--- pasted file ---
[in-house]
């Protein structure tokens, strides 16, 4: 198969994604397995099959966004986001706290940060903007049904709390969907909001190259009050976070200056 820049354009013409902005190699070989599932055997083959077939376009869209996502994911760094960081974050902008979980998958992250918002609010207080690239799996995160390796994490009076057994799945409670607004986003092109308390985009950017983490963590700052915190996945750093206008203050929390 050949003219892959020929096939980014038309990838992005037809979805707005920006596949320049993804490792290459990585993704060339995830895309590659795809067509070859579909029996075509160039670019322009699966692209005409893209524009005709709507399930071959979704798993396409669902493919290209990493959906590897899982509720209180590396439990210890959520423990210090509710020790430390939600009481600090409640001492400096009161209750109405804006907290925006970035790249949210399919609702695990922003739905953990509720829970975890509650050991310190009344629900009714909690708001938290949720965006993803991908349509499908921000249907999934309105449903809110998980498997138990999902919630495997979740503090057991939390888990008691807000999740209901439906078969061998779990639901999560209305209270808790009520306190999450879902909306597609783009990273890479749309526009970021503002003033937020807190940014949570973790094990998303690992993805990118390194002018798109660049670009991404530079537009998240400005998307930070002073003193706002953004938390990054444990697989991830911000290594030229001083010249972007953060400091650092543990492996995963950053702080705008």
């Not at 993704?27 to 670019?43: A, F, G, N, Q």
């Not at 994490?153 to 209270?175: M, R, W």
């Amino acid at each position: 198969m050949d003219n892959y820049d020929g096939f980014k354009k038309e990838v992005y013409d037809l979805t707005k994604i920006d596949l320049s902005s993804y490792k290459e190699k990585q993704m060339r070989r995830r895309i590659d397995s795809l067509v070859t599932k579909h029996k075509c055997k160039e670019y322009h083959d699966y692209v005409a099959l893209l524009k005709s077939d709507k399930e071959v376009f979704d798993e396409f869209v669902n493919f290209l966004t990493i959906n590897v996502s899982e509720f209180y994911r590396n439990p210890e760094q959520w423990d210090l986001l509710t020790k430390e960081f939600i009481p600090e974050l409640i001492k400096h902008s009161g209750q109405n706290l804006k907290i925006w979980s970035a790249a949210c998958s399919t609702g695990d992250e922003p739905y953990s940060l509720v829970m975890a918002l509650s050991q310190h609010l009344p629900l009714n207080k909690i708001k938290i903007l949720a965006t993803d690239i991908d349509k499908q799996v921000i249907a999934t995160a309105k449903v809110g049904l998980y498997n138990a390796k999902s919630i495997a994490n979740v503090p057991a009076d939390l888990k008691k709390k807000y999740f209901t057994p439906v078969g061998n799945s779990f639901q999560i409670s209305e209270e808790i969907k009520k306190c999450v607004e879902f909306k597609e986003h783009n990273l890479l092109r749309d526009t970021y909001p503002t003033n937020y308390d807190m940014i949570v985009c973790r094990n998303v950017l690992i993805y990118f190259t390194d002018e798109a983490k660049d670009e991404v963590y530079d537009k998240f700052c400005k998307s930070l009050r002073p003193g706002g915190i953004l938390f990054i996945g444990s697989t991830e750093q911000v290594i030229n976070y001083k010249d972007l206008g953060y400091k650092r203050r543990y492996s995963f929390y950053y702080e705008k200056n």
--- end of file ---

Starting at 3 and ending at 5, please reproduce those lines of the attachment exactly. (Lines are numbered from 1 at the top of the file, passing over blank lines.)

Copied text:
């Not at 993704?27 to 670019?43: A, F, G, N, Q």
């Not at 994490?153 to 209270?175: M, R, W």
């Amino acid at each position: 198969m050949d003219n892959y820049d020929g096939f980014k354009k038309e990838v992005y013409d037809l979805t707005k994604i920006d596949l320049s902005s993804y490792k290459e190699k990585q993704m060339r070989r995830r895309i590659d397995s795809l067509v070859t599932k579909h029996k075509c055997k160039e670019y322009h083959d699966y692209v005409a099959l893209l524009k005709s077939d709507k399930e071959v376009f979704d798993e396409f869209v669902n493919f290209l966004t990493i959906n590897v996502s899982e509720f209180y994911r590396n439990p210890e760094q959520w423990d210090l986001l509710t020790k430390e960081f939600i009481p600090e974050l409640i001492k400096h902008s009161g209750q109405n706290l804006k907290i925006w979980s970035a790249a949210c998958s399919t609702g695990d992250e922003p739905y953990s940060l509720v829970m975890a918002l509650s050991q310190h609010l009344p629900l009714n207080k909690i708001k938290i903007l949720a965006t993803d690239i991908d349509k499908q799996v921000i249907a999934t995160a309105k449903v809110g049904l998980y498997n138990a390796k999902s919630i495997a994490n979740v503090p057991a009076d939390l888990k008691k709390k807000y999740f209901t057994p439906v078969g061998n799945s779990f639901q999560i409670s209305e209270e808790i969907k009520k306190c999450v607004e879902f909306k597609e986003h783009n990273l890479l092109r749309d526009t970021y909001p503002t003033n937020y308390d807190m940014i949570v985009c973790r094990n998303v950017l690992i993805y990118f190259t390194d002018e798109a983490k660049d670009e991404v963590y530079d537009k998240f700052c400005k998307s930070l009050r002073p003193g706002g915190i953004l938390f990054i996945g444990s697989t991830e750093q911000v290594i030229n976070y001083k010249d972007l206008g953060y400091k650092r203050r543990y492996s995963f929390y950053y702080e705008k200056n």